I love the penis. Whether you call it a cock, dong, willy, member or dick, most of us have one or have ‘had’ one (I’d bet that even the majority of lesbians have had an encounter with a male member at least once). I like the damn thing so much, I’ve found it rather easy to write over 800 words on the subject.

It’s rarely seen in public, but the penis is a body part that informs just about any aspect of our lives. It can be as direct as having one inside of you or simply dealing with an annoying man compensating for his small penis. The knob has ruled the patriarchal world for millennia. Truth is, for better or worse, you simply can’t escape the cock.

Men, gay or straight, have an ongoing love affair with their penis. It’s likely that most will masturbate well into their death-bed, and probably dying seconds if they’re still able. Barring the occasional let-down or medical complaint, one’s penis is a friend that never talks back, never leaves you and always makes you feel good. (It’s a bit of a messy companion at times, but nothing’s perfect is it?)

When it comes to specifically gay men, it’s not only your own package that you find fascinating, but those of others. I’ve been surprised to hear from some women that they find the penis unappealing if not downright repulsive; it’s seen as a necessary evil of sorts when it comes to sex. I feel that’s rather unfortunate (something like wanting to eat sushi, but not liking fish), and have yet to come across a gay man that feels the same way.

This occasional difference of opinion may account for why it appears as if gay men are often more eager to gobble down on a man’s member than some women. Now don’t get me wrong, I may have a thing for penises (I can never get used to the plural of penis; it doesn’t quite roll of the tongue does it?), but that doesn’t mean that I’ll take on any old thing. A connoisseur of the male member will acknowledge in all frankness that not all penises are born equal.

“… when it comes to these matters of the loins, subjective gut reactions are all we have to work with…”

The most commonly considered measure of a penis is size. It’s true, sadly for some, that size does count, but perhaps not to the extent that people think it does. Personally, size is often more about perception that its physical impact on the mechanics of sex; a larger dick just seems more sexual, and yes, more manly. There’s something boyishly asexual about a smaller piece of equipment that doesn’t quite stimulate the right synapses. In this brain at least.

I shamefully admit that I’ve dumped a guy with whom I had a fling largely because of his very (very) small penis. Now if I had really fallen for him, I don’t know if I’d have done the same. It’s the only time – and embarrassingly shallow I know – but in my defence I have to re-state that he was VERY small indeed. Do bear in mind that size can also get out of hand. Freakishly large, and there’s not much to be done with it, other than admiring it from afar or running out of the room in panic.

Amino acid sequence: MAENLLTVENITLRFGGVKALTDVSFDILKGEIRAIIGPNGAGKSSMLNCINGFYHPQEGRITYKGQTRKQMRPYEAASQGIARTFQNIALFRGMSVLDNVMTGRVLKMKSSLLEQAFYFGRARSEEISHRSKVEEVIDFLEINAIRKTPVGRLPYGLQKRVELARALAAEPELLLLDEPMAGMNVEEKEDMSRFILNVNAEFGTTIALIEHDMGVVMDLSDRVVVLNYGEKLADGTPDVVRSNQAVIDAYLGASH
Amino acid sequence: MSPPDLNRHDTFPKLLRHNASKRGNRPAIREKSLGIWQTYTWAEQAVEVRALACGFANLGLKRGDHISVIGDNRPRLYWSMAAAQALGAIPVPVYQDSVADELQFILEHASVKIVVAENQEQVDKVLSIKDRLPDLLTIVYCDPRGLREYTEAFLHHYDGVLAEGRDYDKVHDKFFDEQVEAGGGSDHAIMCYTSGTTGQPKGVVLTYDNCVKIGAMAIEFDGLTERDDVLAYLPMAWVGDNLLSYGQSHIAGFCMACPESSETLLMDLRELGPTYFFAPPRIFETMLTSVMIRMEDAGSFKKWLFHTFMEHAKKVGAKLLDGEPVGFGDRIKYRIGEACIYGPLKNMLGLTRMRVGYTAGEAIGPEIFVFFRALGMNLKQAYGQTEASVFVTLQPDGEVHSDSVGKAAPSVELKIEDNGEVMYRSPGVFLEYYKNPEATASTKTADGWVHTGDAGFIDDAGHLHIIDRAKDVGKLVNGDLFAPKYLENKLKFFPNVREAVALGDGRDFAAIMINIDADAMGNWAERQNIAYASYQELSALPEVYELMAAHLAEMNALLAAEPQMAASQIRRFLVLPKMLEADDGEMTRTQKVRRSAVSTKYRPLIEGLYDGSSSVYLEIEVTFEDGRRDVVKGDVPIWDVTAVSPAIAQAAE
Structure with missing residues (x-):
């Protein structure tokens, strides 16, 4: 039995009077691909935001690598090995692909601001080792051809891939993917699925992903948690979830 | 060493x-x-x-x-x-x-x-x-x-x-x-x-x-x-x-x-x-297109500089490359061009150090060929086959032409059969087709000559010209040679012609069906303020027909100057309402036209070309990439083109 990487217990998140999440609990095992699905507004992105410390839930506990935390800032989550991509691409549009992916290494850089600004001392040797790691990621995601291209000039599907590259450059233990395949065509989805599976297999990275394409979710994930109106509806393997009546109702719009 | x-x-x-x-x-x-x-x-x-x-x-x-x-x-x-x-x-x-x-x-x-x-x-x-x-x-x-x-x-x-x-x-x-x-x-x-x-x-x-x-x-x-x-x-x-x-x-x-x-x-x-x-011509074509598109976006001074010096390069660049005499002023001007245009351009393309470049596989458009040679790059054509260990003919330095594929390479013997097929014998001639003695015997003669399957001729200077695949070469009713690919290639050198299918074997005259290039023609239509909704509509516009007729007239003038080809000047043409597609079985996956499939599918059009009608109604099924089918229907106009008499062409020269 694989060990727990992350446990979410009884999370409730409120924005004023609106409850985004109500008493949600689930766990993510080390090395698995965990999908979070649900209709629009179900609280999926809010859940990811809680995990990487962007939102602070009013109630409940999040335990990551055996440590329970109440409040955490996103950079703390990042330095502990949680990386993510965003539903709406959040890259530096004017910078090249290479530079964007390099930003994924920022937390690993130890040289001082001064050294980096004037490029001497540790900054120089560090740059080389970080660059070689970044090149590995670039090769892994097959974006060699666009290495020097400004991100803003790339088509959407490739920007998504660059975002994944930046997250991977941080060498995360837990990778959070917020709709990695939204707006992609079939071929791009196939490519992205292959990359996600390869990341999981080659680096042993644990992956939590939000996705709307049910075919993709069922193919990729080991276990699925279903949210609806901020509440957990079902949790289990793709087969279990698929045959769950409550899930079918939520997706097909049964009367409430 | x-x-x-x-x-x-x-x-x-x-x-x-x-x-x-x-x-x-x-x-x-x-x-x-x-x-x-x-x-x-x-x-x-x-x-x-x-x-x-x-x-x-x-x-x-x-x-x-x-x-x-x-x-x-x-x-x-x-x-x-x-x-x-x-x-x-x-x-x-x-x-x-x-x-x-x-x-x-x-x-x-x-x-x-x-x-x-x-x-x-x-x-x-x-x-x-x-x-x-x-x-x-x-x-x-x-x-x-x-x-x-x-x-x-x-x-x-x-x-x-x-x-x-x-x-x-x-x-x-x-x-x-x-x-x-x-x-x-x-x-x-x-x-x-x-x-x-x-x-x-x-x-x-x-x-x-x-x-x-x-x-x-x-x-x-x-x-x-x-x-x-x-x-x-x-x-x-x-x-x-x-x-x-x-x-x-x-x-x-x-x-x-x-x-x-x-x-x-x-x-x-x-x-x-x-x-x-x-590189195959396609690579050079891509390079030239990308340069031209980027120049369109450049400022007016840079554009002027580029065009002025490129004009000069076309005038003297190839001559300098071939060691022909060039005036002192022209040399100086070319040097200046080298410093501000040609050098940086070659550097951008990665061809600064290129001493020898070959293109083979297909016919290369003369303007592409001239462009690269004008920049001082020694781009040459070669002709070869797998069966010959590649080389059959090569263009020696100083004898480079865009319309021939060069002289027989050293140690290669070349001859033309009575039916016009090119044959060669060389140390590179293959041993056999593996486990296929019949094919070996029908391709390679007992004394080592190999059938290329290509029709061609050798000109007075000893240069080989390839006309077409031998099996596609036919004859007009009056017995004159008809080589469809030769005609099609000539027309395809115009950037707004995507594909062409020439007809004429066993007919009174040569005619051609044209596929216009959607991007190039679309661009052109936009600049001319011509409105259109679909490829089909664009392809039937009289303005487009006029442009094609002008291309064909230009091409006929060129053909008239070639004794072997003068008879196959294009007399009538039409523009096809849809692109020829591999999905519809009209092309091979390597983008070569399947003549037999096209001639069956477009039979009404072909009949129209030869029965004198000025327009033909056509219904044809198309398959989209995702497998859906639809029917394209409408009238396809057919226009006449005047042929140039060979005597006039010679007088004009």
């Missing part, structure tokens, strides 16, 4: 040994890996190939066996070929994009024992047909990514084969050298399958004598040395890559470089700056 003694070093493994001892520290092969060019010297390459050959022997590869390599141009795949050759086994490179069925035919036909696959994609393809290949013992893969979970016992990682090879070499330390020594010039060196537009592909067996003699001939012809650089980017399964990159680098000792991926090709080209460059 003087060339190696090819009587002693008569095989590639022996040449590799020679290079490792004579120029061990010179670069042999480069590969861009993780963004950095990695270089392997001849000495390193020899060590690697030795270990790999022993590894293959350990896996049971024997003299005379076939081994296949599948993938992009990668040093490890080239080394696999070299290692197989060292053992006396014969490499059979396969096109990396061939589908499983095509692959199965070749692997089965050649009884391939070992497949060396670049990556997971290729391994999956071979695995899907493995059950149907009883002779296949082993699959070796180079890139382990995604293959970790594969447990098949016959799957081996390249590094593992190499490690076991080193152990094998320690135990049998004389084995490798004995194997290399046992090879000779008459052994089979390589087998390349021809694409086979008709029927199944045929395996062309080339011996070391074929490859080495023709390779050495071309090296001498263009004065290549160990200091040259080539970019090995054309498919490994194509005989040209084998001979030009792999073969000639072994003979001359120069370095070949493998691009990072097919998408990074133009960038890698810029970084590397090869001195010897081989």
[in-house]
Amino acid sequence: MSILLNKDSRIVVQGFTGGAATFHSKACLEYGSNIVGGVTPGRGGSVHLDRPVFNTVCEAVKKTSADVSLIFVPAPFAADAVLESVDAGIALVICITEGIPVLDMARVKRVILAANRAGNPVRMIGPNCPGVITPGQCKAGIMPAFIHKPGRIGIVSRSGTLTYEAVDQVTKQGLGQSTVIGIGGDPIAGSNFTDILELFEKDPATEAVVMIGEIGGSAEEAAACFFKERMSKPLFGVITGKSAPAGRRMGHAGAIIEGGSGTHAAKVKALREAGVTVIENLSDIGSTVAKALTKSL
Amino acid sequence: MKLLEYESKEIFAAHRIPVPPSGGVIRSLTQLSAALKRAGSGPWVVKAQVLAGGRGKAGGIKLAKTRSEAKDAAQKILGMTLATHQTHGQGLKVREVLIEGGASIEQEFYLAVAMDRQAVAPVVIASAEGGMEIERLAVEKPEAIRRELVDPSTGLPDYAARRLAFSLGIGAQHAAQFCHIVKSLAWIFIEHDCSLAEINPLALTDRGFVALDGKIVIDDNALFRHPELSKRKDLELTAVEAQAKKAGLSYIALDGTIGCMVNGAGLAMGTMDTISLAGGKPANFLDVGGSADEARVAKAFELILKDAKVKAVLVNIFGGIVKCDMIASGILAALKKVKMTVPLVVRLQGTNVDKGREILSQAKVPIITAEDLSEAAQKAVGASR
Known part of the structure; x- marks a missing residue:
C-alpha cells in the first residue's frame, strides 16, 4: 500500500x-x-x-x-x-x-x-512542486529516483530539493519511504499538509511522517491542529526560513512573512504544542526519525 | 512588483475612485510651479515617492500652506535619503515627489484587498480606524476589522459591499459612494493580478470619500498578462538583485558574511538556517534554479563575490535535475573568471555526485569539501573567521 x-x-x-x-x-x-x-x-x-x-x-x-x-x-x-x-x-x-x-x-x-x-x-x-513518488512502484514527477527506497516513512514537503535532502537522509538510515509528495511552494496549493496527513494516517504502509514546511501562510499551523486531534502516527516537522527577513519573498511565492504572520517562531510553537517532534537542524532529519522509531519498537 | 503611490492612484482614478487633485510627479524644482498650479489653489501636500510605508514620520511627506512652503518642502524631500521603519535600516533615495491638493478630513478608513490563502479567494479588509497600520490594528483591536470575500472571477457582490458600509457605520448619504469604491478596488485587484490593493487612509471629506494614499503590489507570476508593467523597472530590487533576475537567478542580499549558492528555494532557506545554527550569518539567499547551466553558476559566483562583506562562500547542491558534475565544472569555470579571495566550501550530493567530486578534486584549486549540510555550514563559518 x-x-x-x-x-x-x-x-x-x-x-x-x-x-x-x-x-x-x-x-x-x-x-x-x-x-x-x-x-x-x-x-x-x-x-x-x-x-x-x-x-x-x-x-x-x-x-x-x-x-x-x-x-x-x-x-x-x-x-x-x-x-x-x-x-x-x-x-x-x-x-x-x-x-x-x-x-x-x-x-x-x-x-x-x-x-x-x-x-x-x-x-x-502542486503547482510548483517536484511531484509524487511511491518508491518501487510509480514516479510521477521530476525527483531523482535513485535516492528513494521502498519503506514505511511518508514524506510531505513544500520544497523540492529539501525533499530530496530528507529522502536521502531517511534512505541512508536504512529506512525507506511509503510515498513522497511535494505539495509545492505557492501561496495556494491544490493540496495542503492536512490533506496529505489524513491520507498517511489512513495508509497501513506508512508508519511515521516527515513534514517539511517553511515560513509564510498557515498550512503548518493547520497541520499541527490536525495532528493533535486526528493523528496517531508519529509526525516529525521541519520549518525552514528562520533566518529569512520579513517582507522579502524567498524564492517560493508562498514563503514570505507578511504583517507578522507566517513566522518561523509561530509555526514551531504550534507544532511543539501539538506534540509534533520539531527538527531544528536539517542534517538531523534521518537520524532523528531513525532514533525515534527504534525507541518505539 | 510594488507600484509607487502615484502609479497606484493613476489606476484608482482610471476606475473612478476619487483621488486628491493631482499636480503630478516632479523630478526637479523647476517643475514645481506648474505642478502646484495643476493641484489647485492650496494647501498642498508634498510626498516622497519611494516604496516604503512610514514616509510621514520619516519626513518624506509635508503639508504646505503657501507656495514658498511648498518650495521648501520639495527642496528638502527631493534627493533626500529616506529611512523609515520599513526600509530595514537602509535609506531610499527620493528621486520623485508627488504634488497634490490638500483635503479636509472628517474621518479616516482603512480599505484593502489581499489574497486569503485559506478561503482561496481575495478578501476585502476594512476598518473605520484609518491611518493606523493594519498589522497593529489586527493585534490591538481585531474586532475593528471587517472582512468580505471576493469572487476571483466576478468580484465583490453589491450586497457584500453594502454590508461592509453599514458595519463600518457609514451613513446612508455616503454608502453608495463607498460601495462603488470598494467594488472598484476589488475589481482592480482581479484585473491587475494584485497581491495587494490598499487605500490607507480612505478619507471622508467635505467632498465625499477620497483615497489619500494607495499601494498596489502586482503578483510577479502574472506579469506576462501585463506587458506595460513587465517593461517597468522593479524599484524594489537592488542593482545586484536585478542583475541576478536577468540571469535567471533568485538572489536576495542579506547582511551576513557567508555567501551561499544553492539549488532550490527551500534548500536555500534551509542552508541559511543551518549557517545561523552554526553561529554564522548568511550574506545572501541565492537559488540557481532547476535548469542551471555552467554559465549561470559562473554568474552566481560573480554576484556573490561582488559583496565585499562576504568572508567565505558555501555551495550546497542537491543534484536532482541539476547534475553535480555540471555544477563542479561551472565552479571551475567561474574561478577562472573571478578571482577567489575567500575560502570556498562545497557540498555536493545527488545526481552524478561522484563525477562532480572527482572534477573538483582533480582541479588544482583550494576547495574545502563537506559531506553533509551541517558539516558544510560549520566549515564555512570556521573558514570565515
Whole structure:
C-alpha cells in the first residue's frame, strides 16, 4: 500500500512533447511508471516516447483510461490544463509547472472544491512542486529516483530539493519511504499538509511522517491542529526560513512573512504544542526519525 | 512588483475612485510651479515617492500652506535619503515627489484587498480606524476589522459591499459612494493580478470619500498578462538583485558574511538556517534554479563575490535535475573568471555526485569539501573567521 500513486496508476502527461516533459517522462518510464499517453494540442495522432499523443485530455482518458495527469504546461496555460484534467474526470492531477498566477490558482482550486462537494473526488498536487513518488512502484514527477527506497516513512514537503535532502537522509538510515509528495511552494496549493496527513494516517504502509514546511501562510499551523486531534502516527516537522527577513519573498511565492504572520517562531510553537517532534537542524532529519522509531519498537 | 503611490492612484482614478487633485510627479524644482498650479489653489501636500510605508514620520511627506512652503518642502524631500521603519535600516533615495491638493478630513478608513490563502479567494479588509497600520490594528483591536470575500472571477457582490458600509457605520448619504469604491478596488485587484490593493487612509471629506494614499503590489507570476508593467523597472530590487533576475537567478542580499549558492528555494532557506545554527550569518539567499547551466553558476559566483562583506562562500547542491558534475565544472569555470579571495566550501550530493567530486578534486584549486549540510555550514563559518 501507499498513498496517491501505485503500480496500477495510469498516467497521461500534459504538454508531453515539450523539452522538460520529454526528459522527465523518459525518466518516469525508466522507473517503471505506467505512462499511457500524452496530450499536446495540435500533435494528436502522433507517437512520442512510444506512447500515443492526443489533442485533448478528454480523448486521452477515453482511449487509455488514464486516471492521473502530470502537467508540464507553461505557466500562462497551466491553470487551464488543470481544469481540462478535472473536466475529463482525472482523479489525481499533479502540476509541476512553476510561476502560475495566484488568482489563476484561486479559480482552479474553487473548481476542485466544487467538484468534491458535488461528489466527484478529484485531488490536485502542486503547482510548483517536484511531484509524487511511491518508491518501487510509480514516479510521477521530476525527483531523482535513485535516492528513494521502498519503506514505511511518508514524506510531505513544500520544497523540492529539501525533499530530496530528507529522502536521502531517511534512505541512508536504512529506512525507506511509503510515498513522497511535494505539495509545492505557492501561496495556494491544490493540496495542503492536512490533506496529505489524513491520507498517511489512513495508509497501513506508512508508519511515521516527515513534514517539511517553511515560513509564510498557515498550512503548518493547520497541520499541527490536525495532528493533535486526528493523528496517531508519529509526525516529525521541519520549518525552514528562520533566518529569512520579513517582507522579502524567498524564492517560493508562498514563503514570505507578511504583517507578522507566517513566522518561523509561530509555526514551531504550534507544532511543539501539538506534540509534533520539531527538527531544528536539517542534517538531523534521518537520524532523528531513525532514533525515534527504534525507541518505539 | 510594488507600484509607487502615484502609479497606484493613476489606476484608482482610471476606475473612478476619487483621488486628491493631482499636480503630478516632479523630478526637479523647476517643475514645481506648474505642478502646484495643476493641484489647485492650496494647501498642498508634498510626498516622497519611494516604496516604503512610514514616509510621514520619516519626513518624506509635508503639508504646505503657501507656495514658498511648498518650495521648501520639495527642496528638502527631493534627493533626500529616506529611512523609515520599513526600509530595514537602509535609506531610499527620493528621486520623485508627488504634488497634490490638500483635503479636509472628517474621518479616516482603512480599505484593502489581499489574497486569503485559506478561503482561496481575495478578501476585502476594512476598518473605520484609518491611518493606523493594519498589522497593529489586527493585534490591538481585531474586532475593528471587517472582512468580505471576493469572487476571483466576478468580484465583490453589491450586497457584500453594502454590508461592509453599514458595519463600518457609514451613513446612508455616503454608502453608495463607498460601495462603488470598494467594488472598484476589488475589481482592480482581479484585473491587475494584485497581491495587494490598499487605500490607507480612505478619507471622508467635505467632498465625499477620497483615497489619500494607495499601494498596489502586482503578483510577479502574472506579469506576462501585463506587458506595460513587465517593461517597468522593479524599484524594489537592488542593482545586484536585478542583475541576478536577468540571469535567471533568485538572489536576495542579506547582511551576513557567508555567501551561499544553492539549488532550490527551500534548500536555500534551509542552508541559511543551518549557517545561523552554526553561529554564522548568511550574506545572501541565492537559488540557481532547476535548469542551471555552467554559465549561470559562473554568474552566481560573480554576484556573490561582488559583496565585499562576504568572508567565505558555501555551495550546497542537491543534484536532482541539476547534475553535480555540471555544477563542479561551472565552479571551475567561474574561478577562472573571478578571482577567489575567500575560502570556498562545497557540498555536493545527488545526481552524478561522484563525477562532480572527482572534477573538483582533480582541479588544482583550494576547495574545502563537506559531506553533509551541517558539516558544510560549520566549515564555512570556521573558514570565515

However, size is but one feature that the true expert will consider. There’s the issue of circumcised (cut) or uncircumcised (uncut). That’s simply personal preference – but for some it’s a make or break consideration. This often falls along cultural lines; American and Xhosa men tend to be cut, while Afrikaans and European guys keep the hood on. It makes no real difference to me, but a shrivelled up uncut penis in its flaccid state can often look humorous rather than sexy. Once they’re all excited and rigid (the penis’ raison d’être anyway) the uncut or cut proposition doesn’t really make much of a difference.

Then there are the more difficult to define aesthetic considerations that appeal or disturb the eye. For example, excessive length alone can seem rather odd; thin long penises can look out of proportion if not balanced with appropriate girth. (I’ve never considered the mathematics of this ratio of length to width, but I know what I like dammit.) And what of angle of projection? Some point up, others point to the side, and occasionally some angle down when erect.

Also consider the appearance of the veins that regulate the blood flow to this wondrous organ. A penis in which the veins are rather prominent is more appealing; a bumpy member tends to look more aggressive and masculine than a smooth cylinder. Of course, all this is but mere opinion and personal preference – probably informed by watching too many porn films – but when it comes to these matters of the loins, subjective gut reactions are all we have to work with.

It’s rather unfair to discuss the penis without his (and yes, the penis is a ‘him’) often ignored partners in crime, the testicles (balls, cajones, scrotum, whatever…). Unfair it may be, but that’s an entirely different discussion for another column. In the meantime, be good to your penis if you have one (even penises need love), and if not, go on; go out there and hug one today.

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